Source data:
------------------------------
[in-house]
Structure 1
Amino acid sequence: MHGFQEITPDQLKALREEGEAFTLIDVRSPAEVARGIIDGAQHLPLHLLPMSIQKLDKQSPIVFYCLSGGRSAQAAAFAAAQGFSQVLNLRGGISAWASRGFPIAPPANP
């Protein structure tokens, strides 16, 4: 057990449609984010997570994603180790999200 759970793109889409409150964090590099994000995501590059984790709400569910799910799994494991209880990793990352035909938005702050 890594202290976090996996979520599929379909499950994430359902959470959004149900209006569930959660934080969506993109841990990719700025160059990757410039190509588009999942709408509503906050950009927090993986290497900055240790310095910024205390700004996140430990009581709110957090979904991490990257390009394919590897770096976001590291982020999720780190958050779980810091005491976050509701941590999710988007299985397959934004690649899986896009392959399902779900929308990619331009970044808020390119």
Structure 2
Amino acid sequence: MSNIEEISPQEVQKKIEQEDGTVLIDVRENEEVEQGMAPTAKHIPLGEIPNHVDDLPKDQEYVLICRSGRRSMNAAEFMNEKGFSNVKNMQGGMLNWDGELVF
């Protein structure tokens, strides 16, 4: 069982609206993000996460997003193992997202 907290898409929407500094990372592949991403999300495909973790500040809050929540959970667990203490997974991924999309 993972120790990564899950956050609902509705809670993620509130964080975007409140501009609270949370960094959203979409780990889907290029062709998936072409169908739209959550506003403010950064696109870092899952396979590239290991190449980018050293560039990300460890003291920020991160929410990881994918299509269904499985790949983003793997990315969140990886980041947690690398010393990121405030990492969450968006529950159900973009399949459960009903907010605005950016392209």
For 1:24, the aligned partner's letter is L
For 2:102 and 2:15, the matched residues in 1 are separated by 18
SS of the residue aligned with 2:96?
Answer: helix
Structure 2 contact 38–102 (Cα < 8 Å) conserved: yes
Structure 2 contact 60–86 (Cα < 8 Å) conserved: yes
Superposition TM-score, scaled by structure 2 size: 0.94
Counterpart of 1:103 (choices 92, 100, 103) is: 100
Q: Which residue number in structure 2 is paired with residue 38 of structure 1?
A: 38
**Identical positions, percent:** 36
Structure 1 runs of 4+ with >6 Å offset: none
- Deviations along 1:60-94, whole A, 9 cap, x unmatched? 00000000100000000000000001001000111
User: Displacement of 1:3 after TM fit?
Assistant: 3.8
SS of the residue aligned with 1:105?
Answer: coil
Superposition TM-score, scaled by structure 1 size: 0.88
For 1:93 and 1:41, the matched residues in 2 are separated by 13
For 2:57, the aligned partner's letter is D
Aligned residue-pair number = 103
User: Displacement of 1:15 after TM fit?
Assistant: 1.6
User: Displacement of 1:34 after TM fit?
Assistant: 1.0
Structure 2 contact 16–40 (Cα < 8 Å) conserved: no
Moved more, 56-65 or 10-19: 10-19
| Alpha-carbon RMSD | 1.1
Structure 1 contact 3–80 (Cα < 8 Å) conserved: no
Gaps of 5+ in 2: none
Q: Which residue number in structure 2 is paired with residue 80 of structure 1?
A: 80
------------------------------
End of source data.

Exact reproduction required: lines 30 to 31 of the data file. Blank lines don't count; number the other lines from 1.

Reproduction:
Assistant: 1.6
User: Displacement of 1:34 after TM fit?